CS 3350 Automata, Computability, and Formal Languages
Spring 2017, Test 2

Name: __________________________________________________________

General comments:

Good luck!

1-4. Finite automata. Let us consider the following finite automaton (FA) for recognizing words in the alphabet {a,b} that only have a's (and do not have any b's). This automaton has two states: the start state which is also final, and the sink state. From the start state, letter 'a' leads back to the same state, while letter 'b' leads to the sink state.

1. On the example of the word aaa accepted by the given automaton, show how this word will be represented as xyz according to the pumping lemma for FA. For this sequence, check -- by tracing step-by-step -- that the sequence xy2z is indeed accepted by this automaton.

2. Use the general algorithm to transform the given FA into a context-free grammar (CFG). Show, step-by-step, how the word aaa can be derived in this CFG.

3. Use the general algorithm to transform the given FA into a Turing machine (TM). Show, step-by-step, how this TM will accept the word aaa.

4. Use the Pumping Lemma for FA to prove that the language {pnqn} = {Λ, pq, ppqq, pppqqq, ...} cannot be recognized by a finite automaton.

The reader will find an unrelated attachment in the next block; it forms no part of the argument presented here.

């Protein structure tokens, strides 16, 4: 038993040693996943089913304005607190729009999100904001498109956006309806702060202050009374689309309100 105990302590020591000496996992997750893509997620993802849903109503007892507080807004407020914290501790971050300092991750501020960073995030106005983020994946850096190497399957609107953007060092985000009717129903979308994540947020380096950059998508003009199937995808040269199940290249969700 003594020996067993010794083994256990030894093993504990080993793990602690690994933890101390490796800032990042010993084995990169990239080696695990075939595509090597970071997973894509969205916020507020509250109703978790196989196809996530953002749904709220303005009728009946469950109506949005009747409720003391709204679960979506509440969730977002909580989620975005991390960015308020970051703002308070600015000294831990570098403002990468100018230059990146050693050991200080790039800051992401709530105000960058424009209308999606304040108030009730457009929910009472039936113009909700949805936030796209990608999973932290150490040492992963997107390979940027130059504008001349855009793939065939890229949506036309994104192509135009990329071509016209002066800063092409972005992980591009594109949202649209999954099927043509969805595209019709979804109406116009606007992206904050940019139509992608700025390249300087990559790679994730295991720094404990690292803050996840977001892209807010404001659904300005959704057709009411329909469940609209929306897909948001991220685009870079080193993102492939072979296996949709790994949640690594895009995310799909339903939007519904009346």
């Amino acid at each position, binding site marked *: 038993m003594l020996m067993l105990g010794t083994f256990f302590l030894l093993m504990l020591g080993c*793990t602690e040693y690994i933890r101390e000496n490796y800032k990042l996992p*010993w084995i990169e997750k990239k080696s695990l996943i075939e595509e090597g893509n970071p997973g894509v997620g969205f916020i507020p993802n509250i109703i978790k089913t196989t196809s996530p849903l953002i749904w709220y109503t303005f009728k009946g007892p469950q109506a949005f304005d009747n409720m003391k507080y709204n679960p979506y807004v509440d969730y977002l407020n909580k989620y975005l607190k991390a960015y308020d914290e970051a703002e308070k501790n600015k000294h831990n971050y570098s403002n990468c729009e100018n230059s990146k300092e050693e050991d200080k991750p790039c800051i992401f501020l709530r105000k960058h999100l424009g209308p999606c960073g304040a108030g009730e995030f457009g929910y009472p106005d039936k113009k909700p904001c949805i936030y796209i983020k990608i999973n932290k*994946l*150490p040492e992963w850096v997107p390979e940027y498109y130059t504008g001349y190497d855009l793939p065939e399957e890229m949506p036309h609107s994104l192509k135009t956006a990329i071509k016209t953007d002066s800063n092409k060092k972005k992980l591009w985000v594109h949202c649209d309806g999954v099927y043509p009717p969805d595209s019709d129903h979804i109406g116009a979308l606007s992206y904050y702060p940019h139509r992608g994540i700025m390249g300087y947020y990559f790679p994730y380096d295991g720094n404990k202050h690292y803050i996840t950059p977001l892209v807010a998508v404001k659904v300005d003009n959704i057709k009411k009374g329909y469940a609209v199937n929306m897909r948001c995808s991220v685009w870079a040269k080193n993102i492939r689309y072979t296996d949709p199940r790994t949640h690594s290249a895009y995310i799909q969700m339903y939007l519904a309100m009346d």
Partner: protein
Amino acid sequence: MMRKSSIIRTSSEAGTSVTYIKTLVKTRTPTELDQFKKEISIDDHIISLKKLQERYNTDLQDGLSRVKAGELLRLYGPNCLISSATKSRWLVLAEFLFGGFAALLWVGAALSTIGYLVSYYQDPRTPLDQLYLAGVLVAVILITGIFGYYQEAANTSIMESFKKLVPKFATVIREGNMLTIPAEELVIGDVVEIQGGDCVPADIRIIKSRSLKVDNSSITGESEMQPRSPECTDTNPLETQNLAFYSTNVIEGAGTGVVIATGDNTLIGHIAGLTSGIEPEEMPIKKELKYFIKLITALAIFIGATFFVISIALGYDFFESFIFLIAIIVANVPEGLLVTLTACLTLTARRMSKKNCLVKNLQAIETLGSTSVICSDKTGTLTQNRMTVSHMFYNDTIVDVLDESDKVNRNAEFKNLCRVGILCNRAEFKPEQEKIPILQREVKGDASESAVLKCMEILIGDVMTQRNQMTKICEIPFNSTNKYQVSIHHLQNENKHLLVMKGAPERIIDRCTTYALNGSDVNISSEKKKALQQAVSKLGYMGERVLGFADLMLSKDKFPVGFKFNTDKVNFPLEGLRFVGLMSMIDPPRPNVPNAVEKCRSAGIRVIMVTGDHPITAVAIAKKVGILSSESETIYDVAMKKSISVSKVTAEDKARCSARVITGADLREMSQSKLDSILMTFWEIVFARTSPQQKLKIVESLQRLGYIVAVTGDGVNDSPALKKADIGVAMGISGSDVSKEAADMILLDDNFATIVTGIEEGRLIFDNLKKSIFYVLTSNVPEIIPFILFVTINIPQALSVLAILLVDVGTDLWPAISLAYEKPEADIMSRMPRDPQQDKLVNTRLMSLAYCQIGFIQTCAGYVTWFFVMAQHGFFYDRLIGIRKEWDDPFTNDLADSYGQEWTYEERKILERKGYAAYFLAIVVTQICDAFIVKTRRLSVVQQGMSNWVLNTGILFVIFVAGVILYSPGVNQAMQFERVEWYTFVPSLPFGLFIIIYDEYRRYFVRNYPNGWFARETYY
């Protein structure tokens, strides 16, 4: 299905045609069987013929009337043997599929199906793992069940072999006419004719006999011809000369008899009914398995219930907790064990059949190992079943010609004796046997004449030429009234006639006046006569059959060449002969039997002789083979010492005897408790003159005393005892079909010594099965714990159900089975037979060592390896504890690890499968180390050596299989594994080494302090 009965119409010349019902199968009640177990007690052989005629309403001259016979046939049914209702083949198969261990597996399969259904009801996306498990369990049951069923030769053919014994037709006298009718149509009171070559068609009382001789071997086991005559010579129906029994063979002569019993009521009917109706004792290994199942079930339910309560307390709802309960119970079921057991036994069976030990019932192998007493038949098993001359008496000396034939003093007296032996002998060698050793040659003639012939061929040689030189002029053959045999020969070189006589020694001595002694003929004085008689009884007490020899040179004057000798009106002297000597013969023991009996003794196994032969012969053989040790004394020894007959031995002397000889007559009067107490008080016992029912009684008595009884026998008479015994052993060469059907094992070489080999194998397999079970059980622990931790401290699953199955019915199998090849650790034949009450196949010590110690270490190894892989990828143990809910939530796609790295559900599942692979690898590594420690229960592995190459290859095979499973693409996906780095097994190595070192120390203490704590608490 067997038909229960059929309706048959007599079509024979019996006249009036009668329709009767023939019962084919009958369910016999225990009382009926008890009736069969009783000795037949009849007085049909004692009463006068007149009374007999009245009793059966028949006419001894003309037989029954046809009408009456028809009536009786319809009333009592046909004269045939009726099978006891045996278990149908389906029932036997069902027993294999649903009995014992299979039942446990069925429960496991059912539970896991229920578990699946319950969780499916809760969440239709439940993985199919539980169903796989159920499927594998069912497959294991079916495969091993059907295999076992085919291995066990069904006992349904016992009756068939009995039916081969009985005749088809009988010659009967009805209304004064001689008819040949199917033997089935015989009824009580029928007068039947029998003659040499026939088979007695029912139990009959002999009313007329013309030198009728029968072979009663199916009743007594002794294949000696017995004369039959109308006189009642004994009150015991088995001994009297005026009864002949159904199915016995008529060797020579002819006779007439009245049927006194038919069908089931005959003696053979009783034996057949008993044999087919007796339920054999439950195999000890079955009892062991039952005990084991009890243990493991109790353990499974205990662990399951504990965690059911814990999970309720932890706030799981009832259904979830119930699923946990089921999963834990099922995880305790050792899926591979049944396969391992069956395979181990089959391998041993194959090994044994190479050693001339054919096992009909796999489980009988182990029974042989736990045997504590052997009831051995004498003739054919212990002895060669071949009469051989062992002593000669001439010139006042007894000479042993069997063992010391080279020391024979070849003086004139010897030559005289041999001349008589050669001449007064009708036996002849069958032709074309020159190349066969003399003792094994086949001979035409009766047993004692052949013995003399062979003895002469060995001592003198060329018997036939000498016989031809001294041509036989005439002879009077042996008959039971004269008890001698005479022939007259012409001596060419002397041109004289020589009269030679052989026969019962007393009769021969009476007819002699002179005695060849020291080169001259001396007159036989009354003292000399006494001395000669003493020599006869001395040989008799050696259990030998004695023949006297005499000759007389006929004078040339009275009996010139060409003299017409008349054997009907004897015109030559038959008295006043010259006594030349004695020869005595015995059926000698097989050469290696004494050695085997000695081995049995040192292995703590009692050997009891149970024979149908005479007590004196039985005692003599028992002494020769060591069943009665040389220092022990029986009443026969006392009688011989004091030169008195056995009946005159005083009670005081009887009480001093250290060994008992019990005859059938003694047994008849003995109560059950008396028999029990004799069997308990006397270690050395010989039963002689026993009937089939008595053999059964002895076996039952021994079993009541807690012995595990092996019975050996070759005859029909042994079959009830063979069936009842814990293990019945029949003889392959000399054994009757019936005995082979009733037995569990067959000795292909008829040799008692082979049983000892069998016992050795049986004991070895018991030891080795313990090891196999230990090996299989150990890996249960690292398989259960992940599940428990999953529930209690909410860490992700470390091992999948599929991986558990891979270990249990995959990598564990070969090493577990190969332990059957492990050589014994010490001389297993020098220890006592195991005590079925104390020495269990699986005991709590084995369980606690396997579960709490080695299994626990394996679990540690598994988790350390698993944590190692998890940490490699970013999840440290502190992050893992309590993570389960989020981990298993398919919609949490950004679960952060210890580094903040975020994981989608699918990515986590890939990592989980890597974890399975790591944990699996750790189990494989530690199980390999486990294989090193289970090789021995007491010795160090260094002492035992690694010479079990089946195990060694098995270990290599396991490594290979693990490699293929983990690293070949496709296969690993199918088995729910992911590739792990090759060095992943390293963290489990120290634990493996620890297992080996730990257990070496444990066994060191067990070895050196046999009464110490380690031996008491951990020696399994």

5-8. Pushdown automata (PDA) and context-free grammars (CFG). The following CFG generates the language {pnqn}: it has the starting variable S and the rules S → ε, S → pSq.

5. Show, step-by-step, how the word ppqq will be generated by this CFG.

6. Use the general algorithm to generate a PDA that recognizes the words generated by this CFG -- and only these words. Show, step-by-step, how the resulting PDA will accept the word ppqq.

7. Use the general algorithm to transform the given CFG into Chomsky normal form.

8. On the example of the word ppqq generated by the given CFG, show how this word will be represented as uvxyz according to the pumping lemma for CFG. For this sequence, check -- by tracing step-by-step -- that the sequence uv2xy2z is indeed generated by this CFG.

9. Use the general stack-based algorithms to show:
  • how the compiler will transform the expression (2 − 4) * (1 + 3) into postfix form, and
  • how it will compute the value of the resulting postfix expression.

10. Design a Turing machine (TM) for subtracting 1 from the input n in binary code; assume that the input is non-zero. Trace, step-by-step, how your TM will perform when n = 102 (i.e., when n is equal to number 2 as described in the binary code).